Zulawy – New beginnings
Author: Łukasz Kępski
Translator: Michal Targowski
Zulawy - the fertile green lowland at the mouth of the river Vistula, with its unique traditional architecture and incredibly complex drainage system, was a home for many generations of Mennonites from the 16th to the mid-20th century.
The first Mennonites settled in Zulawy in the mid-16th century. The area, called also Werder, was then a part of Royal Prussia, one of the provinces ruled by Polish kings. In earlier centuries, Poland had shown tolerance towards people of different religions: Jews, Roman and Orthodox Christians who lived in the Kingdom. The first half of the 16th century, a time of religious conflicts in Western Europe, brought a peaceful victory of Reformation in big Polish cities, especially in wealthy harbours like Gdansk (Danzig) and Elblag (Elbing), connected by busy sea trade routes to the Netherlands. This situation gave hope to persecuted Dutch Mennonites. Migration to Poland via Gdansk seemed a way to save their own identity.
Mennonites did not find a warmly welcome in Gdansk where local merchants and craftsmen were afraid of competition with the newcomers. However, their skills in farming on marshes enticed administrators of the marshy Vistula lowlands to invite Dutch migrants to settle in the rural, sometimes even uncultivated areas of Zulawy. The region became inhabited by Mennonites, with a developed network of settlements, canals and dikes to allow effective agricultural development of the region. Newcomers were usually given a privileged status with long-term lease contracts called emphyteusis, which protected their religious freedom, self-government and customs. From the 1540s the Mennonite population in all parts of Zulawy grew in number and area. They settled in old villages and established new ones on the lowlands between Gdansk, Elblag and Malbork.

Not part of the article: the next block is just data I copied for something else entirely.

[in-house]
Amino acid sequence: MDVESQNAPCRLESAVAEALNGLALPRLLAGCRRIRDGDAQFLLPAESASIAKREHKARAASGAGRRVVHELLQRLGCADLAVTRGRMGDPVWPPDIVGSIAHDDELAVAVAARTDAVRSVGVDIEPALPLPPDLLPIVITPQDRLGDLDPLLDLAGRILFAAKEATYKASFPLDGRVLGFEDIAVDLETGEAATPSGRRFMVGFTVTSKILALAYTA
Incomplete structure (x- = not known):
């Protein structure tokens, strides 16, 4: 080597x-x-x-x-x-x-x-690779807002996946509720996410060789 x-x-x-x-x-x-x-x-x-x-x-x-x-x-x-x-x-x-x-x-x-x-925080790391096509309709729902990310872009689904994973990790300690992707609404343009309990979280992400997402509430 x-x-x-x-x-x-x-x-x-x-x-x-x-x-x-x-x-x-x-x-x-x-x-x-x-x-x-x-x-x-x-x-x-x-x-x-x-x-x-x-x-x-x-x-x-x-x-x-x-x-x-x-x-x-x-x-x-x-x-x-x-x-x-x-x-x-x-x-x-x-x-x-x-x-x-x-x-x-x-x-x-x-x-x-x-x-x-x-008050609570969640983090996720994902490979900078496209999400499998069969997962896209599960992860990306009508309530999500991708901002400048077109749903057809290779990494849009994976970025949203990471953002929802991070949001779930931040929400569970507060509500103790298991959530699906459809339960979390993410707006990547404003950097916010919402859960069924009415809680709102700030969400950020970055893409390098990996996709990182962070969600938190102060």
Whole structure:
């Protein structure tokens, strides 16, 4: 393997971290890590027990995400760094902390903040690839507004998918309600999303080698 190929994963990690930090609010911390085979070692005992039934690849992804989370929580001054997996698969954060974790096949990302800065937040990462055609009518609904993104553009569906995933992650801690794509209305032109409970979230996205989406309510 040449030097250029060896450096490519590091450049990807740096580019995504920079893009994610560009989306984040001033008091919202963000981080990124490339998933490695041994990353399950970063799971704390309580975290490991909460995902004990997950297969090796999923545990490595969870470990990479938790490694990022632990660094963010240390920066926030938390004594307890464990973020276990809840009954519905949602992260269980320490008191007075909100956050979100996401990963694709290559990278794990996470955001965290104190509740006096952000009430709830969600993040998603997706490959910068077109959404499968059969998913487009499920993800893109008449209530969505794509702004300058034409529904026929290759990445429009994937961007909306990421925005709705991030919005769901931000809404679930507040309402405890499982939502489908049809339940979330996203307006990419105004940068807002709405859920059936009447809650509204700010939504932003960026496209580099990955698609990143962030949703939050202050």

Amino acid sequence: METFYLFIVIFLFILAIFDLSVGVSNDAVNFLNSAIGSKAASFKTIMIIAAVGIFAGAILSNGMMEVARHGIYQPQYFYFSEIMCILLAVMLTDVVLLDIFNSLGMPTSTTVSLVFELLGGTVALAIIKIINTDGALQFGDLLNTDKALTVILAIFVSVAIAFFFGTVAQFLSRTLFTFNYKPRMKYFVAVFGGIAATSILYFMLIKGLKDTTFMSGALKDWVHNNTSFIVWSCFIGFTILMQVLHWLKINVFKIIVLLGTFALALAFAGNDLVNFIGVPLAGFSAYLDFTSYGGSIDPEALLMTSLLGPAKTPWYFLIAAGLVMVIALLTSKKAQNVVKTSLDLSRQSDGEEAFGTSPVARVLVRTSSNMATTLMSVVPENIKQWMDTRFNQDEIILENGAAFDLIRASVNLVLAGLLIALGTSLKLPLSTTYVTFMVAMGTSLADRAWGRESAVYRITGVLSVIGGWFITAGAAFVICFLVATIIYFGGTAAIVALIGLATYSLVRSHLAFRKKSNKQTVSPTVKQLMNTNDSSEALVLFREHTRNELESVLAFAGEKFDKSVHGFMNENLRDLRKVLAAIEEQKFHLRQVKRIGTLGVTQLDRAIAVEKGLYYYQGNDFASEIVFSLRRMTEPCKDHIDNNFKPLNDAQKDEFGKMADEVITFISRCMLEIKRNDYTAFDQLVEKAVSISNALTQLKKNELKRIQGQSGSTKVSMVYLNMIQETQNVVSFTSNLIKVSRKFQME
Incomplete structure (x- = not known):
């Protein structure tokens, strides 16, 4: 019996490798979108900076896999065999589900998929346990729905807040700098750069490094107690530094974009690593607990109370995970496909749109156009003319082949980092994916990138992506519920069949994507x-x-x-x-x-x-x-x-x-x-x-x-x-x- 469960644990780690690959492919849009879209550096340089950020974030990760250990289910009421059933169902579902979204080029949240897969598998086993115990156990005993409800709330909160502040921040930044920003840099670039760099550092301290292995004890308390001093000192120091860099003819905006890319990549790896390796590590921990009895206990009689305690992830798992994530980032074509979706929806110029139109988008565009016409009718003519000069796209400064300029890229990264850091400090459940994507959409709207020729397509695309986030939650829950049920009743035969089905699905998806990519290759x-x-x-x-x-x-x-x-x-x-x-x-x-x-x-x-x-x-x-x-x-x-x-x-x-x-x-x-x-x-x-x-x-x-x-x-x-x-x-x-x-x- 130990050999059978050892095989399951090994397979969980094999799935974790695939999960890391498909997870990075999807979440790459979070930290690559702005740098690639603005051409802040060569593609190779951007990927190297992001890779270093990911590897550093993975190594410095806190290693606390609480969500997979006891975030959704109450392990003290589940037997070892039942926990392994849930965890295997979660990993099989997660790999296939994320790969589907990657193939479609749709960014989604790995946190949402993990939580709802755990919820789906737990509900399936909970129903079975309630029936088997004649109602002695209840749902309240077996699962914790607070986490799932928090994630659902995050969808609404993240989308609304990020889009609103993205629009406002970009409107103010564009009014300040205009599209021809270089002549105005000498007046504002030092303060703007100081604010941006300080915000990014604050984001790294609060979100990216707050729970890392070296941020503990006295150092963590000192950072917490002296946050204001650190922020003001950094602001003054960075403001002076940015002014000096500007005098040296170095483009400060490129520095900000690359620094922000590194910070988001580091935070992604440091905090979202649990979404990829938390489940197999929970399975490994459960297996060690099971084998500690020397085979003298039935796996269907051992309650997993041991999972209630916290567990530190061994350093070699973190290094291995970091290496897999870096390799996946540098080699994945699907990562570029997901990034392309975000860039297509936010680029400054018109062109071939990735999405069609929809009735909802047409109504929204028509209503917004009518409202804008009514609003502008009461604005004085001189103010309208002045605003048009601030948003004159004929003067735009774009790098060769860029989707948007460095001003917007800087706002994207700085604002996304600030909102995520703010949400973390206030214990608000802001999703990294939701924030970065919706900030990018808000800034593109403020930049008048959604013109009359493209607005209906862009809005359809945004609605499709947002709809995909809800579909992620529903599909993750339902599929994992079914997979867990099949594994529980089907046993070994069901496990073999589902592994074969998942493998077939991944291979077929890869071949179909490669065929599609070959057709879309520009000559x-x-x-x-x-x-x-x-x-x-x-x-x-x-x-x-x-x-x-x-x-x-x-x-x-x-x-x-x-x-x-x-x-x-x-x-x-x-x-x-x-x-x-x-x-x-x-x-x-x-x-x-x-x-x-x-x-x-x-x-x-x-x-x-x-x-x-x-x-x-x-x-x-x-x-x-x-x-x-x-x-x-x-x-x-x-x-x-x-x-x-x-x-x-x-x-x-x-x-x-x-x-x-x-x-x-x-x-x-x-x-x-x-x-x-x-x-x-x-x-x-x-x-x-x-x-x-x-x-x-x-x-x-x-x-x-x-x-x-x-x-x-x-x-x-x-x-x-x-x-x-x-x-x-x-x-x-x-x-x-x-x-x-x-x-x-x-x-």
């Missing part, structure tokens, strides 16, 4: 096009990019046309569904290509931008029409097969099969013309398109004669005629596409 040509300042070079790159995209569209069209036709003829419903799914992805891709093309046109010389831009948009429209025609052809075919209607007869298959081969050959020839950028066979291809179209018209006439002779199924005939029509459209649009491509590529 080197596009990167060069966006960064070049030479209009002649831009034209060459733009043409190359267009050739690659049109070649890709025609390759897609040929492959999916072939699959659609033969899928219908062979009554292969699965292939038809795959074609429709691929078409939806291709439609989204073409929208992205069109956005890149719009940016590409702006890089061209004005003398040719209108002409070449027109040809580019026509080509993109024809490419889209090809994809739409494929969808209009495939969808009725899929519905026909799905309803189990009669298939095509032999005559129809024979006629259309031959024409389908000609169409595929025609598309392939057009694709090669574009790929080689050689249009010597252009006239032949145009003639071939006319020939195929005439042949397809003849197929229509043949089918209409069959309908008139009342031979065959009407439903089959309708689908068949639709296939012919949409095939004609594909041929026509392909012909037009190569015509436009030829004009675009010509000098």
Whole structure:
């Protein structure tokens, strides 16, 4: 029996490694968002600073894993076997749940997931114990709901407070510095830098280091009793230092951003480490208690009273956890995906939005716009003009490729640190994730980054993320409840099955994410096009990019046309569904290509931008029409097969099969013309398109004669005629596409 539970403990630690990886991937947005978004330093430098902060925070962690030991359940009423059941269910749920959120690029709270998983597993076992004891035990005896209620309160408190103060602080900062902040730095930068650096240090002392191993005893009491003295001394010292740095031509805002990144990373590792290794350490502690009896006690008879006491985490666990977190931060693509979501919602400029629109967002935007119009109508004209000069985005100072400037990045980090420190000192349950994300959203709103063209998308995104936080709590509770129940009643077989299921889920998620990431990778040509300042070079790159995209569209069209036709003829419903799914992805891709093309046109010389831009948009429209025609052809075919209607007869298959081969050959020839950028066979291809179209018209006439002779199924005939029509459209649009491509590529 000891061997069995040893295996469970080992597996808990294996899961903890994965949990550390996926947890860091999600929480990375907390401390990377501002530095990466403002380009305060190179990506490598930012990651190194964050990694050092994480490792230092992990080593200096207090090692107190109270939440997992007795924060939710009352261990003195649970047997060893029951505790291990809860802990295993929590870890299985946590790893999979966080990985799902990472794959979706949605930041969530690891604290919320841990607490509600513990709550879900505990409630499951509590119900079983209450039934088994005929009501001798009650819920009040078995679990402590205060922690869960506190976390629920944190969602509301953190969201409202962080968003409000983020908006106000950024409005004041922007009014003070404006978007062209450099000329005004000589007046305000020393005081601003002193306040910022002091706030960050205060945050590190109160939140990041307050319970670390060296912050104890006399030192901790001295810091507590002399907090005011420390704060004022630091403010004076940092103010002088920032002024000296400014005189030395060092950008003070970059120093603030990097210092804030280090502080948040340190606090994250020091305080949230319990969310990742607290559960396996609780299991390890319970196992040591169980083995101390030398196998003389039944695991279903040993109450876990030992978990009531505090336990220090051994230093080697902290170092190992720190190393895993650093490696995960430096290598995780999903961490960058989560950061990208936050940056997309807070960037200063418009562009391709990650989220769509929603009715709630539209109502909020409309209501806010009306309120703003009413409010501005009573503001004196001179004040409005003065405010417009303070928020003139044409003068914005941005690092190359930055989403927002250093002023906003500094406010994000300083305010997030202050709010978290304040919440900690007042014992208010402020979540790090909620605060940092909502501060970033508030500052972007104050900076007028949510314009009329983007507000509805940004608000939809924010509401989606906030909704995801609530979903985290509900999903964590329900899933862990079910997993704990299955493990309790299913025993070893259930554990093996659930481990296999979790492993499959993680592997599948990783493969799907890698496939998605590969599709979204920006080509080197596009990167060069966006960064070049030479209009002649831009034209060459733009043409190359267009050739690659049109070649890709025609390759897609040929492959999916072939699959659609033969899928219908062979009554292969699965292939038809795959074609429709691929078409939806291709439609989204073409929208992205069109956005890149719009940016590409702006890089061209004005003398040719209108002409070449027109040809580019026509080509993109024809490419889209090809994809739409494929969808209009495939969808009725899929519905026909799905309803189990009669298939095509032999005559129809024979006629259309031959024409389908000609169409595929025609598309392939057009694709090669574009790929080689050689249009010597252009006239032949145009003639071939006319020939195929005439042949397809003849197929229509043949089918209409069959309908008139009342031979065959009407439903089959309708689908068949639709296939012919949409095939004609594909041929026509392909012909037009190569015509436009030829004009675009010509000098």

The peaceful existence of Mennonites in Zulawy was disturbed by Northern wars in the mid-17th century and by the annexation of the area into the Kingdom of Prussia in 1772. Restrictions of freedom and a growing demand for military service forced by new authorities caused another migration - to the Ukrainian steppes. Many Mennonites found a new home there. However, they did not forget their roots and called several new settlements after their villages left in Zulawy. Those who stayed along the banks of Vistula had to flee from their country in World War 2, leaving behind a beautiful landscape and a cultural heritage developed during 400 years of Mennonite existence in the area.